Resolution: wontfix
Status: newclosed

I digged a little more in the code. In Django code, patch_response_headers is never called for responses which code is not in the 200 range. If you want to call this function from your own code, I think it's your responsability to not call it on redirect responses.

comment:3 Changed 8 years ago by Paul Egan

True, internally it's currently used only in UpdateCacheMiddleware, but even there a response with status 200 can still have an empty body.

comment:4 Changed 8 years ago by Claude Paroz

Yes, but being empty or not, two identical responses get the same ETag. Is it a problem for you?

comment:5 Changed 8 years ago by Paul Egan

The problem is that the responses are not necessarily identical. The response headers are often as important as the content itself. The http spec is clear about this - - and goes on to say "in order to be legal, a strong entity tag MUST change whenever the associated entity value changes in any way".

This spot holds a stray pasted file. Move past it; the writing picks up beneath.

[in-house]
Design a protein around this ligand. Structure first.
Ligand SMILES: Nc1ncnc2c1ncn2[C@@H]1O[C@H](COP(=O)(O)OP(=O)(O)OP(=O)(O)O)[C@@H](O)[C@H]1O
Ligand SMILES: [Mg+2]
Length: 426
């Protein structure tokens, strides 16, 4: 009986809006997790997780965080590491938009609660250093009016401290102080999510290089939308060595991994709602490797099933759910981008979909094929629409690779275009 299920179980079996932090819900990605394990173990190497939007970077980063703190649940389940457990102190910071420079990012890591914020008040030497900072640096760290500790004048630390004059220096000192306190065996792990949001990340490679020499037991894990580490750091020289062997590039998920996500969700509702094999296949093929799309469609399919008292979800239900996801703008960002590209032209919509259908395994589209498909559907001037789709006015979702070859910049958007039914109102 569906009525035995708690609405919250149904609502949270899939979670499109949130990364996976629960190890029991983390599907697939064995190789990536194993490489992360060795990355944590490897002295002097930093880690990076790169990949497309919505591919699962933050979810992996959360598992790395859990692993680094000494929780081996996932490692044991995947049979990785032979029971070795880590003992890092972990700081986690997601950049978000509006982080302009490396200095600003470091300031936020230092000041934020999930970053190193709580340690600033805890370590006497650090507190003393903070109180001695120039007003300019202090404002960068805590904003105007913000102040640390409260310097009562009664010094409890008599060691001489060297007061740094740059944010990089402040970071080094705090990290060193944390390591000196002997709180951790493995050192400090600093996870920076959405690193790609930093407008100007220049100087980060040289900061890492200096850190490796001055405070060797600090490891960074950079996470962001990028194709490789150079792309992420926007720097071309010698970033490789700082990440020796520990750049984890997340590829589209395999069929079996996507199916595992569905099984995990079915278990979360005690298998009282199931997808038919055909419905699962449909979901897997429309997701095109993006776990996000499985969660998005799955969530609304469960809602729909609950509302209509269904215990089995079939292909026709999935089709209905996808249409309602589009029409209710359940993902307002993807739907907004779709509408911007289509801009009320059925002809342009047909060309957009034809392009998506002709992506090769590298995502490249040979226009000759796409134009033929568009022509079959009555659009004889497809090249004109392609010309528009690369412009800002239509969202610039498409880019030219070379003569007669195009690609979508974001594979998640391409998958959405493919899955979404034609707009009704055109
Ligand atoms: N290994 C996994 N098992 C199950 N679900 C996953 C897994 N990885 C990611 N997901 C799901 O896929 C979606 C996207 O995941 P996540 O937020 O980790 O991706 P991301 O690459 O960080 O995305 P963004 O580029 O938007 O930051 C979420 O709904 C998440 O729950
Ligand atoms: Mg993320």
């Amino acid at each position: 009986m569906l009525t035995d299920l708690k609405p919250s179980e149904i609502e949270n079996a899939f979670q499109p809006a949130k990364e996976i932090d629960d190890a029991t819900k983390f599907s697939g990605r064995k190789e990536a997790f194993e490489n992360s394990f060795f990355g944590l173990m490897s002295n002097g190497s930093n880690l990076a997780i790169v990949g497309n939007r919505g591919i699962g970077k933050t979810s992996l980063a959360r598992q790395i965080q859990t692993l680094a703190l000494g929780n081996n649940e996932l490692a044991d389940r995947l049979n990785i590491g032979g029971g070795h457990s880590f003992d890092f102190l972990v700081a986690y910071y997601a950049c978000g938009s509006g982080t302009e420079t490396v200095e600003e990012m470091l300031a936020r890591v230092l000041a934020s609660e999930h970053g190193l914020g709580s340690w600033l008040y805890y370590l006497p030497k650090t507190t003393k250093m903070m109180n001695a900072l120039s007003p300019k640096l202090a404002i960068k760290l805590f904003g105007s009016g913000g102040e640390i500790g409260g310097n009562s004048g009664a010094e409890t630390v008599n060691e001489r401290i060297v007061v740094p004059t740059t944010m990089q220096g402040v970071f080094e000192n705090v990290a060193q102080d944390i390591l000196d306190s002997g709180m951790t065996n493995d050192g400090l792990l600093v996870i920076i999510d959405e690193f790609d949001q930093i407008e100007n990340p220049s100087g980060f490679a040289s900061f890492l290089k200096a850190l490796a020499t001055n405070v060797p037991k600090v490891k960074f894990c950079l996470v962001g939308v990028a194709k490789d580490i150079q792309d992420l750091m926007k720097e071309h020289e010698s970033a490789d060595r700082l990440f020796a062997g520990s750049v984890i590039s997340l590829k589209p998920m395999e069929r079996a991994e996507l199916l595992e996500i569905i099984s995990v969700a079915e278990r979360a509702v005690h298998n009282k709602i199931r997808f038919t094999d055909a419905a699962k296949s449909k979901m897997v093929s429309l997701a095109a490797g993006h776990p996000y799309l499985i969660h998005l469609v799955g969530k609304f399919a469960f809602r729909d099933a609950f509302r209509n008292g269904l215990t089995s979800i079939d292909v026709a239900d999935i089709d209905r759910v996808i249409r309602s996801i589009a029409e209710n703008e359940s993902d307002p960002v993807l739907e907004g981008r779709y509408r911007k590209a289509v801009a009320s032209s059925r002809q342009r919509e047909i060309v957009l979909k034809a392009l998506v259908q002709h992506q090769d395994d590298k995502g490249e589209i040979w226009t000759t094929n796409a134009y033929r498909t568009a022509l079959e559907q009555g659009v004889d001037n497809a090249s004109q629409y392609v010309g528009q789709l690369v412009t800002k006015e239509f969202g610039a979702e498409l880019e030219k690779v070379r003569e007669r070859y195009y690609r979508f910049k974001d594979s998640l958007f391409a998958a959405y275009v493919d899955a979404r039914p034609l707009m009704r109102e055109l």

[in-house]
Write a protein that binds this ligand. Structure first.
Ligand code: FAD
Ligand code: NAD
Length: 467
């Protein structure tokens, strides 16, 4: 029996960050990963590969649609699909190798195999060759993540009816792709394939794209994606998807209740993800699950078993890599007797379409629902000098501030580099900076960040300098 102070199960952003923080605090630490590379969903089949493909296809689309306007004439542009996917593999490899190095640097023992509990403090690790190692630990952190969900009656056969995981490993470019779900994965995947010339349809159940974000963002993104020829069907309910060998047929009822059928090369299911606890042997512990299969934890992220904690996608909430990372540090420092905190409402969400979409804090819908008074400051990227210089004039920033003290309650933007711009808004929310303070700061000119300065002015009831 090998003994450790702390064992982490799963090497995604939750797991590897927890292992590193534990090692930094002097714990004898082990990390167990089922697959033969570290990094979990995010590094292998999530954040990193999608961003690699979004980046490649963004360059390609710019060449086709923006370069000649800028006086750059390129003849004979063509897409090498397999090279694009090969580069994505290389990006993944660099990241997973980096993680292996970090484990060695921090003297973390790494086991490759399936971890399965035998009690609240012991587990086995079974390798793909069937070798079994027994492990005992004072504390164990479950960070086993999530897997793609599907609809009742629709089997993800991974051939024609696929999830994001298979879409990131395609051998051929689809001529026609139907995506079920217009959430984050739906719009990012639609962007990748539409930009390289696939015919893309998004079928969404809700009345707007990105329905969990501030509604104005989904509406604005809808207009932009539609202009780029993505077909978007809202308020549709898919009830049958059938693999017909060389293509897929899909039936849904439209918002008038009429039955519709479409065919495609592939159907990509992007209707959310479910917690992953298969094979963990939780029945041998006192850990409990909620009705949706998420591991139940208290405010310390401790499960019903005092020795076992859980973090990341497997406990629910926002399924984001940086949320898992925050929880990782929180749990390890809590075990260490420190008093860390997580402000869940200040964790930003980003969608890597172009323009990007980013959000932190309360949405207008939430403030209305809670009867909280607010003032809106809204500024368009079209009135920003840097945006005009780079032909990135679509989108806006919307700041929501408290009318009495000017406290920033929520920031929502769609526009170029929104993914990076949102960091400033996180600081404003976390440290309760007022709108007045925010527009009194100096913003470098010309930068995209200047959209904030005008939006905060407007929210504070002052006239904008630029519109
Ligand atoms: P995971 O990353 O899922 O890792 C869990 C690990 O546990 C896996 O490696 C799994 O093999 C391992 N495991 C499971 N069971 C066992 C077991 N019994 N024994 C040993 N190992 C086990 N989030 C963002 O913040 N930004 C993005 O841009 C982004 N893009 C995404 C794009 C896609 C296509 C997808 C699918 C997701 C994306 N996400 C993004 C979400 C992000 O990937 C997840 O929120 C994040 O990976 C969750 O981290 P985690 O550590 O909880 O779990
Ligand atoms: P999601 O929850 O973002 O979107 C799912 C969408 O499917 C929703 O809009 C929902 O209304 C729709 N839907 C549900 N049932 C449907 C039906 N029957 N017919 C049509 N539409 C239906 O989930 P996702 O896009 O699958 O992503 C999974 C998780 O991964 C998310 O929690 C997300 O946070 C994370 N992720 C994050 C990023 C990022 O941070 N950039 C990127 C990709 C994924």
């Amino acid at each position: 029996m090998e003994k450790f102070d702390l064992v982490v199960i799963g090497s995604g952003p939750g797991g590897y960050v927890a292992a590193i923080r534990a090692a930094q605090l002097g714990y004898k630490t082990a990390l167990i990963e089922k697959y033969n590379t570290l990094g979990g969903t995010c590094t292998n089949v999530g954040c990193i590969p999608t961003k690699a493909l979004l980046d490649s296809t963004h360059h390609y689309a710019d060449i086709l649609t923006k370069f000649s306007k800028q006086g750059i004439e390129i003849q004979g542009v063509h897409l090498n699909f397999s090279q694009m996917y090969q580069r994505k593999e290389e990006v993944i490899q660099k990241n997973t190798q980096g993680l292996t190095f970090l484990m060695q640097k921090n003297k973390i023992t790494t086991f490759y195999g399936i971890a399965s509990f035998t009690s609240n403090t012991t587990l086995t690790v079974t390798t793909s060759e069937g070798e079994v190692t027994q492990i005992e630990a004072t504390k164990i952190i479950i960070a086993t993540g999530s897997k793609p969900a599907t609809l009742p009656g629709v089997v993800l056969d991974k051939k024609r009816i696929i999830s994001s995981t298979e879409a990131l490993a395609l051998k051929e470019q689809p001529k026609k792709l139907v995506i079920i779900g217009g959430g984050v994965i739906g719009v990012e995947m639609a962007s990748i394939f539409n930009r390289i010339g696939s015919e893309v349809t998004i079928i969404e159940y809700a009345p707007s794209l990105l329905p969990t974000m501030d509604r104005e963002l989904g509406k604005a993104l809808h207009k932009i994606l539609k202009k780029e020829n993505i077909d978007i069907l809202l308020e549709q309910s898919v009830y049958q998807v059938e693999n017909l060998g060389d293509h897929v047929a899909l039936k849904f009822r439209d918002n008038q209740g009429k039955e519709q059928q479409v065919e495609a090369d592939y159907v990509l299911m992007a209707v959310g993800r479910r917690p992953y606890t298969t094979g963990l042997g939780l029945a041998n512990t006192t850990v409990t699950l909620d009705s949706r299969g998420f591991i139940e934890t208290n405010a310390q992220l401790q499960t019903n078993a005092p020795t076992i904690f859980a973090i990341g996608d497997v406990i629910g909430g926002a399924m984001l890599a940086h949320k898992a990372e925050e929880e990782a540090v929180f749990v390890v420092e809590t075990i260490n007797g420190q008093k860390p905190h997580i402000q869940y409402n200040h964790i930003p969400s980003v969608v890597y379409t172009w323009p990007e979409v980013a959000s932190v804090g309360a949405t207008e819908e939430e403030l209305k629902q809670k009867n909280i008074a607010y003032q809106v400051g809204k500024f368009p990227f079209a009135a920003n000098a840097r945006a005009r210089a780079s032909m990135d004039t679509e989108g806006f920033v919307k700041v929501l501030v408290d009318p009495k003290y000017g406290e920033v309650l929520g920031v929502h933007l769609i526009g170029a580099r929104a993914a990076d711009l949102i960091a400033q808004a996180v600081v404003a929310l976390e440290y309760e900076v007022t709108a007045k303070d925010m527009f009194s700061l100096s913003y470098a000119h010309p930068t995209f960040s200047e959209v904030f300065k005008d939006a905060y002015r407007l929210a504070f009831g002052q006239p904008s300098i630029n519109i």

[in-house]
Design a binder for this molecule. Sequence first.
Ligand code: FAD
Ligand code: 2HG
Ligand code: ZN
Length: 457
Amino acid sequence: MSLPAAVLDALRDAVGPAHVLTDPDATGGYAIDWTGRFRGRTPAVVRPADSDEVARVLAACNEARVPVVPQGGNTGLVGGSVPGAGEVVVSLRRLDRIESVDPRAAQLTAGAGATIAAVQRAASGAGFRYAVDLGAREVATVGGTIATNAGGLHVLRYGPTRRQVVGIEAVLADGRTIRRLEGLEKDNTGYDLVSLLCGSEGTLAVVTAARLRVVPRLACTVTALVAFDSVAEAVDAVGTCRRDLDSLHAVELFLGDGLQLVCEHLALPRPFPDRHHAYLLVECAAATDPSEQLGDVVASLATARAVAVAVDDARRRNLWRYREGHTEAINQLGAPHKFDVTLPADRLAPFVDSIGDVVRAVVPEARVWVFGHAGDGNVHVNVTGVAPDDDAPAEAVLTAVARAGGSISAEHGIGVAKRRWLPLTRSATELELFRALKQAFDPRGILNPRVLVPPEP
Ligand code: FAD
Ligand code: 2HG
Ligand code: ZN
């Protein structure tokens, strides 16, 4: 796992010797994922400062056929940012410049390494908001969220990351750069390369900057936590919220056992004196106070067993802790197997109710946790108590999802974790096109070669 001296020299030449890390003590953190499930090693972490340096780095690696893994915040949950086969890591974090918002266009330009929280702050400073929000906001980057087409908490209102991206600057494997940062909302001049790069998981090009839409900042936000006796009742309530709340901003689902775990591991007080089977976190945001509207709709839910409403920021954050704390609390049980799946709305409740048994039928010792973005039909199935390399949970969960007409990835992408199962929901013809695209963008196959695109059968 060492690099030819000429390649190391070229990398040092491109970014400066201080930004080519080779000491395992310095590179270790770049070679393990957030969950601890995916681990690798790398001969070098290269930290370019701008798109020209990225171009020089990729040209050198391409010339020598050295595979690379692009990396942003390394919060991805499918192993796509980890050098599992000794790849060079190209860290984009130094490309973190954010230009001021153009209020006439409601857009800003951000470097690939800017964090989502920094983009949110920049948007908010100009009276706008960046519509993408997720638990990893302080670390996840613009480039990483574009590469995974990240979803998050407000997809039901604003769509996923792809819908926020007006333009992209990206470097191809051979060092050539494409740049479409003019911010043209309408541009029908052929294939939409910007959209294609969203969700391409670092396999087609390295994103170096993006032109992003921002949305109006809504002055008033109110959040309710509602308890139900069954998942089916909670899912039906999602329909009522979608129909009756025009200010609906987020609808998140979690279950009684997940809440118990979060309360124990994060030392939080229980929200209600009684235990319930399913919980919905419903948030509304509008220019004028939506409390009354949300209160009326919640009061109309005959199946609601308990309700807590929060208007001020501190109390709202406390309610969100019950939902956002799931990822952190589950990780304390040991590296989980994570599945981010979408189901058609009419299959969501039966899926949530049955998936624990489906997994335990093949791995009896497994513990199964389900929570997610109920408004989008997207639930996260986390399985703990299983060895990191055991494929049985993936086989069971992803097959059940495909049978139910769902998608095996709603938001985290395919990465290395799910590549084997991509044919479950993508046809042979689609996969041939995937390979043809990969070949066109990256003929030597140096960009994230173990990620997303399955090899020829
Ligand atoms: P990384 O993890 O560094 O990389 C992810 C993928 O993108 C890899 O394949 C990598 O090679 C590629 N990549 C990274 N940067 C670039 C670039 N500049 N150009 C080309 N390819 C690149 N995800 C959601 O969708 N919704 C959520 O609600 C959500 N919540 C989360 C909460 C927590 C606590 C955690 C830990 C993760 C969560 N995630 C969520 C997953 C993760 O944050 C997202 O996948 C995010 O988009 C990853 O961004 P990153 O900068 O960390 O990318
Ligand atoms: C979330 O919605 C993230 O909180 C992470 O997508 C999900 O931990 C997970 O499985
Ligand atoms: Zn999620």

Ideally Django ought to compute the ETag from the entity body and entity headers but in practice the body alone is usually sufficient for uniquely identifying the entity. Of course that's not the case when the body is empty. If explicitly coding an ETag for such a response, the values from the appropriate entity headers would be included when generating the tag. For a function like patch_response_headers, where the addition of the ETag header is implicit, I think it is simpler & safer to not compute a tag when the body is empty (and the headers dominate).